In this hyper-digital age, the designer brand’s focus has gradually shifted from primarily print advertising media to reaching consumers through the Internet and many forms of social media with branded entertainment in the form of short fashion films. The fashion film trend pairs fashion brands with famous directors and actors to produce beautiful and easily-accessible short films, which feature the brand and highlight certain seasonal fashion designs or product lines. These films impact an advertising and marketing message while also appealing to consumers’ artistic sensibilities.Continue Reading Fashion Film Art Movement

Though the news of Nike’s exclusive deal with the NFL broke some time ago, the agreement will officially go into full effect this month and the look of Monday Night Football is about to change. Replacing adidas, this will be the first time that Nike, who was a NFL supplier in the mid-nineties and has maintained individual deals with players, will exclusively supply all 32 teams. The deal, for which Nike reportedly paid $1.1 billion dollars, covers the entire player’s uniform including jerseys, belts, pants, socks and gloves.Continue Reading The National Football League Decides to “Just Do It”

By Tyler Baker

Luxury brand titan Louis Vuitton recently achieved a significant victory over counterfeiting of its designer products. In an action brought in the U.S. District Court for the Western District of Texas, Louis Vuitton sued the Eisenhauer Road Flea Market, its owner, Bruce L. Gore, and its manager, Patricia D. Walker, for contributory trademark infringement, alleging that the defendants had failed to prevent vendors from selling fake Louis Vuitton goods at the flea market. See Louis Vuitton Malletier v. Eisenhauer Road Flea Market, Inc., No. SA-11-CA-124 (W.D. Tex.). Louis Vuitton stated that counterfeit “LV” products were abundant at the flea market and that Louis Vuitton had given Gore and Walker sufficient opportunities to discipline their vendors that engaged in phony sales. Louis Vuitton alleged, notwithstanding this notice, that Gore and Walker chose to be “willfully blind” to such infringing activity. Gore testified that he warned market tenants not to sell counterfeit goods, only to have those vendors nonetheless engage in distribution of bogus items after they said they would not.Continue Reading Louis Vuitton Achieves Genuine Victory Over Flea Market’s Phony Sales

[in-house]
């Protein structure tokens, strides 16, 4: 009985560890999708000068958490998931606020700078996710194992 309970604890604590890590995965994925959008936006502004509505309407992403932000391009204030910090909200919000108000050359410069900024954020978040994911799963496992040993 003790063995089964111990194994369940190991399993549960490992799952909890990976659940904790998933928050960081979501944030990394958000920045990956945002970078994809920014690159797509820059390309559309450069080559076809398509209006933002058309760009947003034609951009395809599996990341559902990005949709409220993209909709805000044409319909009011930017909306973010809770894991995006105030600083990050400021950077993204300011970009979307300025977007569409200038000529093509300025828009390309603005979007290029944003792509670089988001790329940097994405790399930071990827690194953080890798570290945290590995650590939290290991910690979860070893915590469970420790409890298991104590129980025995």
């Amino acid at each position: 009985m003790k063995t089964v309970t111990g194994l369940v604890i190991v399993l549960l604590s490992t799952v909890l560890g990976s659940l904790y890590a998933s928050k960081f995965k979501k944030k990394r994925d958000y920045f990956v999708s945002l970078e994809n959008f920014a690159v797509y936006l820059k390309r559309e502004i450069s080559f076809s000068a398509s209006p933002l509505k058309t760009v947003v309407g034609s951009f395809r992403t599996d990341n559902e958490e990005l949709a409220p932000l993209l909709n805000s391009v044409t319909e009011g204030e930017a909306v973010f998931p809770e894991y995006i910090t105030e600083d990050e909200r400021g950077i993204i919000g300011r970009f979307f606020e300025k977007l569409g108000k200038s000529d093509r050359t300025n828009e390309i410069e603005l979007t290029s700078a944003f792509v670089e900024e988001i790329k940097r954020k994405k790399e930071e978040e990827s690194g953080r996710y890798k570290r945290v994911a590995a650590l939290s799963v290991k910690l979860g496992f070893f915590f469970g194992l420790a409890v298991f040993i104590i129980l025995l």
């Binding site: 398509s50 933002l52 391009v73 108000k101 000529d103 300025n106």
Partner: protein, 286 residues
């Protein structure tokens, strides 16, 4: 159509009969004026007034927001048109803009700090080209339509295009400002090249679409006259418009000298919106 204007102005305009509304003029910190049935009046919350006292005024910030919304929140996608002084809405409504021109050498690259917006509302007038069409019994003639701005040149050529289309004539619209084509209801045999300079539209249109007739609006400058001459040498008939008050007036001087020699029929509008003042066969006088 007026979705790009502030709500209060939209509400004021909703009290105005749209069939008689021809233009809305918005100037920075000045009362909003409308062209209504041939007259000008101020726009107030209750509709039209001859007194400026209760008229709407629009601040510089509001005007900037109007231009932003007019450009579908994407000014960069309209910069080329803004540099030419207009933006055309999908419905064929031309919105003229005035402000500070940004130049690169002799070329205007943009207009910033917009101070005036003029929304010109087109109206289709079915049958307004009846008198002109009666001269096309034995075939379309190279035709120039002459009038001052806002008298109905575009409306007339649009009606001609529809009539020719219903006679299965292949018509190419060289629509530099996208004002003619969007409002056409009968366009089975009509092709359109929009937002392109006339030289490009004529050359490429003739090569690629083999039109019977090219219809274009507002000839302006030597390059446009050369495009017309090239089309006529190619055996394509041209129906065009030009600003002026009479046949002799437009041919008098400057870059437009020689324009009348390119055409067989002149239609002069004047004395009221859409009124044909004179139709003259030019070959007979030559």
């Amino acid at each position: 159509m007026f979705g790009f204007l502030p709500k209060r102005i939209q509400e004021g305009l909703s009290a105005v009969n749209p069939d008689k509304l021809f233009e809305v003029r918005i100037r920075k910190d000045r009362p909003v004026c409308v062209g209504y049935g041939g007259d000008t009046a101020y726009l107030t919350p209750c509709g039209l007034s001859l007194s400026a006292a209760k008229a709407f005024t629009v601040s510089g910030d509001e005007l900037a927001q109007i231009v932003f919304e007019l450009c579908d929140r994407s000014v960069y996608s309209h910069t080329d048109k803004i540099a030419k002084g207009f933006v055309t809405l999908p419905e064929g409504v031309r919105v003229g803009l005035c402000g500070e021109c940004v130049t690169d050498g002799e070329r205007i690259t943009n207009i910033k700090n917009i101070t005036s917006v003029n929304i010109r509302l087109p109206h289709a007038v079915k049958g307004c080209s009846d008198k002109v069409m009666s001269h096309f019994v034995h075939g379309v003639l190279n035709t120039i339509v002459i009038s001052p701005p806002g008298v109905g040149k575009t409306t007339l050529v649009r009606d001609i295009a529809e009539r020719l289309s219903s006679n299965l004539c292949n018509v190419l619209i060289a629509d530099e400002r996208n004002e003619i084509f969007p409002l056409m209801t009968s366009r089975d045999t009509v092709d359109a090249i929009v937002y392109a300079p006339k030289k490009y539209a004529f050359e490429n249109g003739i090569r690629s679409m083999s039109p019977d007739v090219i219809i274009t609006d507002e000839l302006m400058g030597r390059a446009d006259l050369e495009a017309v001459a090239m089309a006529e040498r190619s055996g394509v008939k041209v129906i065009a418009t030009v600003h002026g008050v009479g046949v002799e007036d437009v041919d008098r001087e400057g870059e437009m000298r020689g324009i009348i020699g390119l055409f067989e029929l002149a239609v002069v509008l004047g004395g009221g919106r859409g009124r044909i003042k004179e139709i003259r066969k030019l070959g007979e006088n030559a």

By Shannon King

The multi-million dollar trademark and trade dress dispute between Italian fashion label Gucci and American designer Guess?, Inc. ("Guess?") marches on toward trial as Judge Shira Scheindlin of the United States District Court for the Southern District of New York largely rejected Guess?’s motion for summary judgment to dismiss Gucci’s claims on February 14, 2012. The Court granted summary judgment and dismissed Gucci’s claims for monetary relief on the basis of federal trademark dilution as to two designs but left the majority of Gucci’s infringement claims untouched.Continue Reading Battle of the G’s Rages On: Gucci’s $124 Million Trademark and Trade Dress Infringement Lawsuit Against Guess? Withstands Summary Judgment


Abercrombie & Fitch issued a press release offering The Situation (of MTV’s The Jersey Shore fame) "substantial payment" to stop wearing Abercrombie’s clothes. The company’s main concern is brand dilution. The press release explains the company is worried that The Situation’s "association with our brand could cause significant damage to our image" and that this association "is contrary to the aspirational nature of our brand, and may be distressing to many of our fans." Whether this was a clever public relations strategy to generate publicity about the brand during the important back-to-school season or whether it is a legitimate branding issue that had something to do with the dip in Abercrombie’s stock following the press release remains unclear. What is clear, however, is that people are talking about it. Common wisdom is there may be no such thing as bad publicity; however, it cannot be ignored that Abercrombie’s stock fell sharply the day following the press release.
 Continue Reading REALITY BITES – Brand Protection, Reality TV Style

As we previously reported here, Christian Louboutin ("Louboutin") filed a lawsuit against Yves Saint Laurent ("YSL") in early April, alleging that YSL and its affiliated companies violated Louboutin’s red sole trademark by selling women’s shoes with red uppers and outsoles alleged to be virtually identical to Louboutin’s red sole trademarks.
 Continue Reading YSL Fights Back By Seeking To Cancel Louboutin’s Red Sole Trademark